As hundreds of thousands of people designated Haitian in the Dominican Republic are facing imminent deportation and the unknown, it’s an appropriate time to remember Alejo Carpentier’s The Kingdom of this World. First published in 1949, this brief, lyrical novel is one of the works usually pointed to as kicking off the genre magical realism. The fantastical and historical meet in this work about the origin of modern Haiti. It renders before, during, and after the Haitian Revolution in the late 18th to early 19th century through the eyes of Ti Noel.

Ti Noel serves as a cook and a slave on the sugar plantation of Lenormand de Mezy when the novel begins. There he is drawn into a vast network of resistance by Macandal, a fellow slave and a leader in the revolt, whose stories create a community with a shared past among the displaced and dispossessed people taken from Africa to work the plantations in the Caribbean. Macandal is a messianic character with a talent for working miracles from the harm done to him. When his hand is mangled early on in the story, Macandal returns with greater magic beginning a cycle of meeting devastation with regeneration.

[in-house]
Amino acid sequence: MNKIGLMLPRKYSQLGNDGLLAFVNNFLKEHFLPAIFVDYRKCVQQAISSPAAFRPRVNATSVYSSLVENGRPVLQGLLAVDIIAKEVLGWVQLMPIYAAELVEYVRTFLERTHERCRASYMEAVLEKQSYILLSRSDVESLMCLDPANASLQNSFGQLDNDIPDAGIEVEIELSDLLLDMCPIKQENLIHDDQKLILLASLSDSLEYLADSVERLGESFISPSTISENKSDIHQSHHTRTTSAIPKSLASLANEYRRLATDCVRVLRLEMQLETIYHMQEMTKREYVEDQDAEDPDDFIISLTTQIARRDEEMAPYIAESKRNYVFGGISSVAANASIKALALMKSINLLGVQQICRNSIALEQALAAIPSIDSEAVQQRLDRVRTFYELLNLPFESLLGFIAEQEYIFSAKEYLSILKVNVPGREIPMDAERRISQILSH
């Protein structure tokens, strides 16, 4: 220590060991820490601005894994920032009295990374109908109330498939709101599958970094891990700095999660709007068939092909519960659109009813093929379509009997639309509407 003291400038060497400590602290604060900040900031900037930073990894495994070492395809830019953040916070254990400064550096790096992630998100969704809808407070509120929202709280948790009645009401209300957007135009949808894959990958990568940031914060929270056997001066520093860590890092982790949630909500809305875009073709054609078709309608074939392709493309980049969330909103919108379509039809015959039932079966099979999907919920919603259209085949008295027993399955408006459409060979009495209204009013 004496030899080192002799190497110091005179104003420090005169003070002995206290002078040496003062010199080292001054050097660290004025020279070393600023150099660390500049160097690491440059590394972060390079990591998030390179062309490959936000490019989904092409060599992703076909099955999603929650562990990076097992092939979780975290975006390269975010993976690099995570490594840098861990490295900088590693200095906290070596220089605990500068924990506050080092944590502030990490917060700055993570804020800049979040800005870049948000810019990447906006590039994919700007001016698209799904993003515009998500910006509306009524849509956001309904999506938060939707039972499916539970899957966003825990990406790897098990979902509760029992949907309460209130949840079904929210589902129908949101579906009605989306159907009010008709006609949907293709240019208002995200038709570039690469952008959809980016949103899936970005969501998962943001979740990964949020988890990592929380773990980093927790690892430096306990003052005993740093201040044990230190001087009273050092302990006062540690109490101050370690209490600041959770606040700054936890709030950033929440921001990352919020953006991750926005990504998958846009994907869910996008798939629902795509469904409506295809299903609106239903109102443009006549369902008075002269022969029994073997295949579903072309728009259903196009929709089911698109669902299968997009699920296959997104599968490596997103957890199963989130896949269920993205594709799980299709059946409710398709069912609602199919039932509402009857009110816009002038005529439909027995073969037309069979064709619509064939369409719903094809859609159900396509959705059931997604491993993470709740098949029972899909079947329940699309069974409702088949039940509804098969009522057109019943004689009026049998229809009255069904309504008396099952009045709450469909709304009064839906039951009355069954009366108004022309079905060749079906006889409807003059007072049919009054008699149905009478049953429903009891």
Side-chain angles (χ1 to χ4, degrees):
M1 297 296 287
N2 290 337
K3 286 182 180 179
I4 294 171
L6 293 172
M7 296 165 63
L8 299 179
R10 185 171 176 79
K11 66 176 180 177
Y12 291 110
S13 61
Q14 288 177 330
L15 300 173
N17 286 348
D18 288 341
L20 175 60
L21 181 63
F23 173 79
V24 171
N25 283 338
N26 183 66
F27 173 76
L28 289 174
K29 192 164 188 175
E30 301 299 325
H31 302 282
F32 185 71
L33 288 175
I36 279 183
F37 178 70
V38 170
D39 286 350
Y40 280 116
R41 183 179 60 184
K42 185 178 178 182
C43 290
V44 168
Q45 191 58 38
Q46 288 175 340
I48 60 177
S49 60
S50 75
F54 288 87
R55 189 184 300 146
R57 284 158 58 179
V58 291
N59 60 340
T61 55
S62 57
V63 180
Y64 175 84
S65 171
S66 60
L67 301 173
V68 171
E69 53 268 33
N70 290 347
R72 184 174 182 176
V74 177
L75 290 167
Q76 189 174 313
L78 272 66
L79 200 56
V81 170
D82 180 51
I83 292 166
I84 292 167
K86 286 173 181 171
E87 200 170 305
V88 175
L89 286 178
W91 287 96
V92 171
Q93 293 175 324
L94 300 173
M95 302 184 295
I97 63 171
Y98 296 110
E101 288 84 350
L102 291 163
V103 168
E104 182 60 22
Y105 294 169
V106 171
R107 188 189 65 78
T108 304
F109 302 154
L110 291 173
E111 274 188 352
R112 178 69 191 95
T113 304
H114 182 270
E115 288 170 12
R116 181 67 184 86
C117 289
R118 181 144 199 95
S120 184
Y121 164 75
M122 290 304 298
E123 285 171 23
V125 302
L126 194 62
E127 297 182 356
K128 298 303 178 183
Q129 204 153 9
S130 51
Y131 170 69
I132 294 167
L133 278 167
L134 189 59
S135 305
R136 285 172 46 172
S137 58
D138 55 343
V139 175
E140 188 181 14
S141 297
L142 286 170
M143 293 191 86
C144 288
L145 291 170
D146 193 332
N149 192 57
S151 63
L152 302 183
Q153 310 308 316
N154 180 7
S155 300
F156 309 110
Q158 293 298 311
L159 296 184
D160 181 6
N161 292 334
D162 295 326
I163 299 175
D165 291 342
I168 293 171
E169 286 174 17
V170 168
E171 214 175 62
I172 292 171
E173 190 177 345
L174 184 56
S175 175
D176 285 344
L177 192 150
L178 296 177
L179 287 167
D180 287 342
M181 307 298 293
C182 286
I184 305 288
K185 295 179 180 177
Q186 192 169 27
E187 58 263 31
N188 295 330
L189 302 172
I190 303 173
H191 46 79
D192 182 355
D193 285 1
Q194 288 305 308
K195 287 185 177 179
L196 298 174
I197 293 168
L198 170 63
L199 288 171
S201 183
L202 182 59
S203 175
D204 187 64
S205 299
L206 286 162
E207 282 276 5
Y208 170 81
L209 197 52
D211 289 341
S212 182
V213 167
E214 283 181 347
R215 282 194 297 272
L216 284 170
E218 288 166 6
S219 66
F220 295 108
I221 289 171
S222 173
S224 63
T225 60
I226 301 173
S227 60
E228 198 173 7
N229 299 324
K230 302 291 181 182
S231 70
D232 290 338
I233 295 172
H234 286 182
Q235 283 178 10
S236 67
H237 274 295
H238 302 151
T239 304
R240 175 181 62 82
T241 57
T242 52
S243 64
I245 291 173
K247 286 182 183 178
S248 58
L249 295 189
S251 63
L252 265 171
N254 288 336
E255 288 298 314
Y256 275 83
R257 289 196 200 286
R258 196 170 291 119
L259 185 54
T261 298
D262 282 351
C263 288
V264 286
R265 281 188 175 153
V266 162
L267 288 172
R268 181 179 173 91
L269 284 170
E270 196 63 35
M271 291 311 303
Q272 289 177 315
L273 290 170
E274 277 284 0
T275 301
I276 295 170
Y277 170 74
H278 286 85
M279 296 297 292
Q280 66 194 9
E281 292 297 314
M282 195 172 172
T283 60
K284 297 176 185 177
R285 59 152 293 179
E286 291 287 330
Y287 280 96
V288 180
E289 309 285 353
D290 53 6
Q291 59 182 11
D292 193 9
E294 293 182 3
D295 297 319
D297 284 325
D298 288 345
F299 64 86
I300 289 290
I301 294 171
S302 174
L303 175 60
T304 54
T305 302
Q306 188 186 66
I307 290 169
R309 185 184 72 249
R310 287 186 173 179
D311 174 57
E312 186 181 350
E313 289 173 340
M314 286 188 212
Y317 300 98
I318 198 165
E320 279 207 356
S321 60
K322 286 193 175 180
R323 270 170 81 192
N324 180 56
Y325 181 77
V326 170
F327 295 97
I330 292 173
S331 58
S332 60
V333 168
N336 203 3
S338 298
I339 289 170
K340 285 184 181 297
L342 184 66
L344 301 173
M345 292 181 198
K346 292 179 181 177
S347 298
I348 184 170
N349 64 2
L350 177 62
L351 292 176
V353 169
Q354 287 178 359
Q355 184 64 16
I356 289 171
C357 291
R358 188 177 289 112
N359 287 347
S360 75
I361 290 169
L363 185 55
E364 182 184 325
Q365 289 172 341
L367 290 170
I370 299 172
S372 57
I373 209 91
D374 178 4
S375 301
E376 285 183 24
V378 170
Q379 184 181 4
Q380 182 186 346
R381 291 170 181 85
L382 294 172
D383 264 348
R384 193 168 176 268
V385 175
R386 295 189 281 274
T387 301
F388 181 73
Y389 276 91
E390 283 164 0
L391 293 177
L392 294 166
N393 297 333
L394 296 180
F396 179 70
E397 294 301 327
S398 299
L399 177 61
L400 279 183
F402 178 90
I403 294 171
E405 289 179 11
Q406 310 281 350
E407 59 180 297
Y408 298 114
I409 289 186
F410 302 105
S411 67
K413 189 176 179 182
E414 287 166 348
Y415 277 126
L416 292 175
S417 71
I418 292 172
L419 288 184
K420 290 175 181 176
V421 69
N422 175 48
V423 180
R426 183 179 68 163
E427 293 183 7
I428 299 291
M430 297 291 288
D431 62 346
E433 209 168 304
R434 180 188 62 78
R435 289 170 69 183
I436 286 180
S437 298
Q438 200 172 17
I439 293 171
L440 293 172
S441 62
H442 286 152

Through contact with Macandal, Ti Noel develops a reverence for nature, knowledge, and action. Although by his own account not a good person, Ti Noel finally, like Macandal, gains the power of transformation. However, he and Macandal do not use this power to the same ends. At the end of his life and after the rule of the infamous Henri Christophe and the re-stratification of social class based on skin color, Ti Noel uses transformation to escape human society altogether.

Ti Noel is both a witness to history and a participant in the revolution. Like Carpentier himself, Ti Noel experiences the liberation of his home in exile. This absence from Haiti can easily be read to represent the trauma at the heart of the book, something too awesome or terrifying to be seen or remembered accurately. The victory literally unseen by Ti Noel reflects the tension between the unimaginable and wonderful feat of a slave revolt trouncing French and Spanish military might and then forming an autonomous nation, a unique event in history in many ways, and the dismal failure of liberation to bring anything better than a reenactment of the old power structures under colonialist rule. These facts cannot be reconciled, and instead they are overlayed.